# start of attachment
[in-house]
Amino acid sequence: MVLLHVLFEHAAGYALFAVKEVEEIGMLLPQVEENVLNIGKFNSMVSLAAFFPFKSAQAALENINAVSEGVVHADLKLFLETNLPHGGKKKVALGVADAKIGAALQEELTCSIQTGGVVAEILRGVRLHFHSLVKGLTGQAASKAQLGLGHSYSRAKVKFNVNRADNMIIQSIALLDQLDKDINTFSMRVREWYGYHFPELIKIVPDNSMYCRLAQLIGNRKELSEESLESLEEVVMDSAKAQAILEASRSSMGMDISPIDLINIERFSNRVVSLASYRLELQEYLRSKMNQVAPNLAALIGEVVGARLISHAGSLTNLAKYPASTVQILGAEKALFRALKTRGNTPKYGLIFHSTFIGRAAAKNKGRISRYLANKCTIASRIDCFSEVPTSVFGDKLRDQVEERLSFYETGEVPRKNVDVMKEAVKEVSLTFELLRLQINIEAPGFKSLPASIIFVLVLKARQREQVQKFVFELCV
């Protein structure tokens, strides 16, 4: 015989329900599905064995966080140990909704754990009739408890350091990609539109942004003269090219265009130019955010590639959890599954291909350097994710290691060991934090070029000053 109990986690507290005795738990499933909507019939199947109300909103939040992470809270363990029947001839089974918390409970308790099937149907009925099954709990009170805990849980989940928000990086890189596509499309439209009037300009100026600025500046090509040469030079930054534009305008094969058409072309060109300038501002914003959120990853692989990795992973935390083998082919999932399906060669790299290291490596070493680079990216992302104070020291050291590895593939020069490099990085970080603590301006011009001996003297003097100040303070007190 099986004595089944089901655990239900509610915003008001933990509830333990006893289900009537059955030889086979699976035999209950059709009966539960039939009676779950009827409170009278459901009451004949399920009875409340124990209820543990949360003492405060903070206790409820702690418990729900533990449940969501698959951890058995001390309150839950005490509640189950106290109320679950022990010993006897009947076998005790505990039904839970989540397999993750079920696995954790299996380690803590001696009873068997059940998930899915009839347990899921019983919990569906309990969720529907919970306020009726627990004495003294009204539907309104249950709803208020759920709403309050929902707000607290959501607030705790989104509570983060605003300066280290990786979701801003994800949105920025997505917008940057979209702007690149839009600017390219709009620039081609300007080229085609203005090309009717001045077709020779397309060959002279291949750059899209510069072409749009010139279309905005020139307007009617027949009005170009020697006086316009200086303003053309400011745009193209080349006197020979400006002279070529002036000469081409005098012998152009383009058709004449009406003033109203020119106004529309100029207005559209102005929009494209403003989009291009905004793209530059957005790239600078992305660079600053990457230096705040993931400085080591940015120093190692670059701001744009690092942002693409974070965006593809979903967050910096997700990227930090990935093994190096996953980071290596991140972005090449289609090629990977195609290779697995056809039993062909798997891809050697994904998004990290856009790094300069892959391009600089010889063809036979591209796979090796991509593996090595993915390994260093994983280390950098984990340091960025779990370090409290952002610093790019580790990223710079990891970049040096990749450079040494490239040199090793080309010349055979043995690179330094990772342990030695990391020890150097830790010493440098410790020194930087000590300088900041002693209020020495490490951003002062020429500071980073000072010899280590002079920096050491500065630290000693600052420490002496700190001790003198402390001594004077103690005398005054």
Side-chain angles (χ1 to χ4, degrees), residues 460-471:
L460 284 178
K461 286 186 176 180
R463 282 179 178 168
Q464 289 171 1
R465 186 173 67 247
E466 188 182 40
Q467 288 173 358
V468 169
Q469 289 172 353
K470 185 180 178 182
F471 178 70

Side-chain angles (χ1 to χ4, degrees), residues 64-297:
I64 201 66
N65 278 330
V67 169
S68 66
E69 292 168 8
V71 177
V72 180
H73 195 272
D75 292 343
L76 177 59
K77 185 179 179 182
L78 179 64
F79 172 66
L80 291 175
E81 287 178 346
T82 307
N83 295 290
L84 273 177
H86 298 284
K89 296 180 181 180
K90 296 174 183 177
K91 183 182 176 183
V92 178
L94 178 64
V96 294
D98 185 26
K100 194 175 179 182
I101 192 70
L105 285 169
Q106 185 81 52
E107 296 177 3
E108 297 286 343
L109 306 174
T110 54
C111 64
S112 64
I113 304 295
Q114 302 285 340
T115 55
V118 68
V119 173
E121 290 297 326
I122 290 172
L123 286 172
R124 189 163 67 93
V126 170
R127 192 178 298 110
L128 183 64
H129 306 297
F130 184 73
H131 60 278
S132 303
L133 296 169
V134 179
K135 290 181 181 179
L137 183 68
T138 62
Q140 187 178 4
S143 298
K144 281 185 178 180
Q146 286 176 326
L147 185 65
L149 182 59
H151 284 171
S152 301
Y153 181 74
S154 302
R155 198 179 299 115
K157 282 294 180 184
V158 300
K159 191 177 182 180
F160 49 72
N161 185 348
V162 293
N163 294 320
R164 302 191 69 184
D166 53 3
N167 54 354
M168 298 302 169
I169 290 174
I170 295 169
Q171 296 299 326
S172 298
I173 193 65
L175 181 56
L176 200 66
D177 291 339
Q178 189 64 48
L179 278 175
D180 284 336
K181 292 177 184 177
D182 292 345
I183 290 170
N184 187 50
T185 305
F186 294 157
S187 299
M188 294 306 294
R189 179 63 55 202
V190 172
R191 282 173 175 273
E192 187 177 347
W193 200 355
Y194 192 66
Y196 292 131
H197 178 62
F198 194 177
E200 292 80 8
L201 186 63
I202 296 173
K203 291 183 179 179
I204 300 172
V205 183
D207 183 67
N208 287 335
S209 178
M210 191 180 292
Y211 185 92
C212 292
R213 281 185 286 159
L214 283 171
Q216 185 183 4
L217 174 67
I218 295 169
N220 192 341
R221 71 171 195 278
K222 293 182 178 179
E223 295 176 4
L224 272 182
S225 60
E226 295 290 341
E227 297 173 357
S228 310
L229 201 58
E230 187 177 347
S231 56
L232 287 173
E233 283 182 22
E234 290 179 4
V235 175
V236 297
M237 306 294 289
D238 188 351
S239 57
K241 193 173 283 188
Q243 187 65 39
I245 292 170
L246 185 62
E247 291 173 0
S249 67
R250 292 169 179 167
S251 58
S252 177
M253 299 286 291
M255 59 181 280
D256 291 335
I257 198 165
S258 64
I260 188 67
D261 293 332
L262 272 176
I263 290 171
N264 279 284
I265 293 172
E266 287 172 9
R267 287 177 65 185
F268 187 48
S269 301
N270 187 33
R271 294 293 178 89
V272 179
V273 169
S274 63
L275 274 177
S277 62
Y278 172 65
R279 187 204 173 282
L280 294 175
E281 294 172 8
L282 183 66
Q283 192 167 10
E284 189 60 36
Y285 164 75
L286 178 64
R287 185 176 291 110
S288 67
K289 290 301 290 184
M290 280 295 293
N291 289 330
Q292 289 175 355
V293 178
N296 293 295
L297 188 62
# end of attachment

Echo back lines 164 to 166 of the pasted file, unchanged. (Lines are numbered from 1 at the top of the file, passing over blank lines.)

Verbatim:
L246 185 62
E247 291 173 0
S249 67